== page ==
When you get more advanced, you can shoot larger film sizes (medium format and larger) as a grid of images, then use a panoramic stitching tool to make a very high resolution final result.  I have made 100+ megapixel images this way from 6x6 medium format frames this way (and there is detail still to be seen).  Typically, I'll stitch with a more pragmatic four shots for medium format, giving me about 36 MP for 6x6 and 56 MP for 6x9.  Lately, I've been going even faster by using a Pentax K3 ii with pixel shift enabled, giving a very clean 24MP result with little post effort.

If there is enough interest, I'll write a separate article on the details...


Camera Settings


Exposure Settings: Manual, 3 second remote, 1/6 shutter speed, f/8, ISO 100.  Your ideal exposure settings may be slightly different - especially if using flash.

  • Mode: Manual (e.g. "M").  We want the settings set a specific way and want them to stay there.  Note: if you have complete faith in your camera's metering, aperture-priority is also a reasonable choice as it can work with negatives of varying densities more efficiently.
  • Aperture: f/8 is a good starting point (maybe f/5.6 for micro 4/3).  Opening wider with a lower f-stop number (such as f/4) may improve sharpness due to less diffraction but will also increase the negative impact of slight alignment and focus imperfections.  Closing down with, say f/11, has the opposite trade-offs.
  • Low ISO: Pick the lowest "non extended" base ISO.  This is usually 100 or 200.  Make sure Auto-ISO is off.
  • Picture Mode: For positive slides, JPEG or RAW is ok.  For negatives, I recommend RAW.  JPEG introduces compression to the tone curve and color channels that are designed for positive images -- the opposite of what we want for negatives.
  • White Balance: When shooting RAW, it's not a critical setting.  I recommend fixing it anyway to something that is close to your light source (such as "flash")
  • Shutter: If you camera has it, set the shutter mode to "electronic" or "quiet" to reduce vibrations
  • Live View: We'll be using live view for both focusing and positioning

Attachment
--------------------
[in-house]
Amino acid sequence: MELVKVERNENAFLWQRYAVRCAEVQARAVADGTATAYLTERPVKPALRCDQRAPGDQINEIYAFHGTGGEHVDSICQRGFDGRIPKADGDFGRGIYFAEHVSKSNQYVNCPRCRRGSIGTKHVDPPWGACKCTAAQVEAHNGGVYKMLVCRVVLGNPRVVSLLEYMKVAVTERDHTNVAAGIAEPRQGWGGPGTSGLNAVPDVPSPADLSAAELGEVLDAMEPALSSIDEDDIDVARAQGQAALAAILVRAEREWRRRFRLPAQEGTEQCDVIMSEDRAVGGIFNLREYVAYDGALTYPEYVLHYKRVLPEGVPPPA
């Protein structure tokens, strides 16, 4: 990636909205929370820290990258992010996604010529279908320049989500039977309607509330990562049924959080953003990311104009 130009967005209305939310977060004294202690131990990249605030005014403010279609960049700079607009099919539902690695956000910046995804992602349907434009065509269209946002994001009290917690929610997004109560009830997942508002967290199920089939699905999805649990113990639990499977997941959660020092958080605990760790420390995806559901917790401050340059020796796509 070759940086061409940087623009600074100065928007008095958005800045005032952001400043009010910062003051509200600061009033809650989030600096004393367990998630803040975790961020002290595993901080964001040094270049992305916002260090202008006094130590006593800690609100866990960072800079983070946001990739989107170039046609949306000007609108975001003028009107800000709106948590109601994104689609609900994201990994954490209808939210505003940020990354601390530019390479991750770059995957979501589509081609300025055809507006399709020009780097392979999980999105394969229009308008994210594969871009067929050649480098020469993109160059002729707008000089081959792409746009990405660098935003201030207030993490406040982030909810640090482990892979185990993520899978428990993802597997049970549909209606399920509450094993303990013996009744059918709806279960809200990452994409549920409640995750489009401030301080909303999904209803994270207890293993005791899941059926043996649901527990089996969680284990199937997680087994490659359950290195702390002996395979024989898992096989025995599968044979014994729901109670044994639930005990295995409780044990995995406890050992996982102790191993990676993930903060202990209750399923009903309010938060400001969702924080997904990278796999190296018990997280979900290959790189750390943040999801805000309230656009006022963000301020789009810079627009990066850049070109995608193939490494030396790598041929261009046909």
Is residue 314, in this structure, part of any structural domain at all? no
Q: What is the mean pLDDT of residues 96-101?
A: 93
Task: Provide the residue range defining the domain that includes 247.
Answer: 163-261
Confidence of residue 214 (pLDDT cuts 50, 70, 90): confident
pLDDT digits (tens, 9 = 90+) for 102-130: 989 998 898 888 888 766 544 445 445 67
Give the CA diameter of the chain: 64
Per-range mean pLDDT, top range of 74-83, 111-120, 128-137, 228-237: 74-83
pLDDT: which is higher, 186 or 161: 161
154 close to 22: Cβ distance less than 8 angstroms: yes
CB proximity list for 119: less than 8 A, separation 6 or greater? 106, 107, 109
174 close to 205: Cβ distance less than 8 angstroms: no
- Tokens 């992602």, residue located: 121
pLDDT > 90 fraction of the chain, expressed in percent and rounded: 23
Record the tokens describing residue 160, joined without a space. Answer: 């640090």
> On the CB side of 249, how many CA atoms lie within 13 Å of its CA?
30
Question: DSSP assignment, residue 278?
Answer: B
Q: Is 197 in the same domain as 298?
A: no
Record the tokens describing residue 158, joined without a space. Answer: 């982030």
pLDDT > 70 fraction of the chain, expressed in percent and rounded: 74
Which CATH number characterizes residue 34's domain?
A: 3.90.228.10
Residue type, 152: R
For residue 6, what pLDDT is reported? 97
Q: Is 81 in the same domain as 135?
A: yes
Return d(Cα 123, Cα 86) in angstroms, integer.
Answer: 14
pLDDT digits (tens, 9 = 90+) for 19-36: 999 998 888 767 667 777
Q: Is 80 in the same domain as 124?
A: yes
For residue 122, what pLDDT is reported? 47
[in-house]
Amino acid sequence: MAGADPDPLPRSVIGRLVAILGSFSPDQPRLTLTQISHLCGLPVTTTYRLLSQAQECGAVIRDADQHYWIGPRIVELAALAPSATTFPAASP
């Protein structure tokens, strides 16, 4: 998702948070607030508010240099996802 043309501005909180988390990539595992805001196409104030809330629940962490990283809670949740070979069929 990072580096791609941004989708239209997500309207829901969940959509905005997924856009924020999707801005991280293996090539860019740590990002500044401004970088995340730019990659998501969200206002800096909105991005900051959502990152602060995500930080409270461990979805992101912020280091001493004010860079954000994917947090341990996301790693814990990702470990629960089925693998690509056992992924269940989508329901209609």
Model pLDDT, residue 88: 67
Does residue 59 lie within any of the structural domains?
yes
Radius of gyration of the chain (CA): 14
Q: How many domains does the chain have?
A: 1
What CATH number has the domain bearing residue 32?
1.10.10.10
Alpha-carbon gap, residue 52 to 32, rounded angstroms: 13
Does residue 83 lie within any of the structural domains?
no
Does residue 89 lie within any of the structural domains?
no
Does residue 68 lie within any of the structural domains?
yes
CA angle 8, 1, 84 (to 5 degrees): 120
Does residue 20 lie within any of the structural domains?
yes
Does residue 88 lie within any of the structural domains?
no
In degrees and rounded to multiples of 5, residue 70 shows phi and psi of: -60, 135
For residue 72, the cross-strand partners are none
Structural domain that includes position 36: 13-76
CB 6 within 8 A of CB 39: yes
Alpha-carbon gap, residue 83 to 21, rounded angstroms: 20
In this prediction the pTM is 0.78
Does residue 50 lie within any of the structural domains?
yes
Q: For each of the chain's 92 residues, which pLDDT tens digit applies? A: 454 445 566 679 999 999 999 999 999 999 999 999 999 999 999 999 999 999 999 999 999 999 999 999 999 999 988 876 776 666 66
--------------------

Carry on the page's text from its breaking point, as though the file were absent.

• Remote: I recommend using a remote to trigger the shutter.  I use an IR remote and set the camera to "remote +3 seconds" to reduce vibrations.  If using flash, vibrations will be a non-issue.

Load the film


When loading the film, I shoot with emulsion side up to photograph the actual silver crystals.   If you shooting emulsion-down, the image will still probably be fine -  I tried it both ways as an experiment
and the practical difference I saw was somewhere between subtle and non-existent.


Rough Focus


Initial focus is simply for framing and exposure.  Don't bother with preciseness as you'll want to wait until you've finished locking exposure first.


Determine Exposure


A good way to do this is to take photos and check the histogram.  RGB histograms are preferred because you can see each color channel separately.  When looking at a histogram, the goal is for all graphs  to fill as much of the graph as possible, without overloading it.

Technically, overloading it slightly to the right can be even better (as the RAW may still have latitude to spare), but this is a more advanced technique that varies between cameras - something to look into after you master the basics.

A good exposure that is holding the entire spectrum for all three channels.

There is also the subject of the left side of the histogram.  If there is data against the left edge, your inverted images will have less highlight detail.  That said, if your histogram is touching both sides, you might have to choose between sacrificing something or going HDR.  If you are not sure, I would skip HDR, get as far to the right as you can -- you can always rescan later with more advanced methods if the first time does not deliver the results.

Another thing to note is the density of the frame you are scanning.  If you have some frames that are "Denser" due to more film exposure, then it may be good to tweak the digital exposure for those frames.


Final Focus


After exposure is set, we can fine focus, I recommend using live view with high magnification.  I also recommend manual focus.  

Note that some digital cameras stop down the lens to simulate "live exposure".  You do not want this on and instead want the lens to be "wide open" during focusing.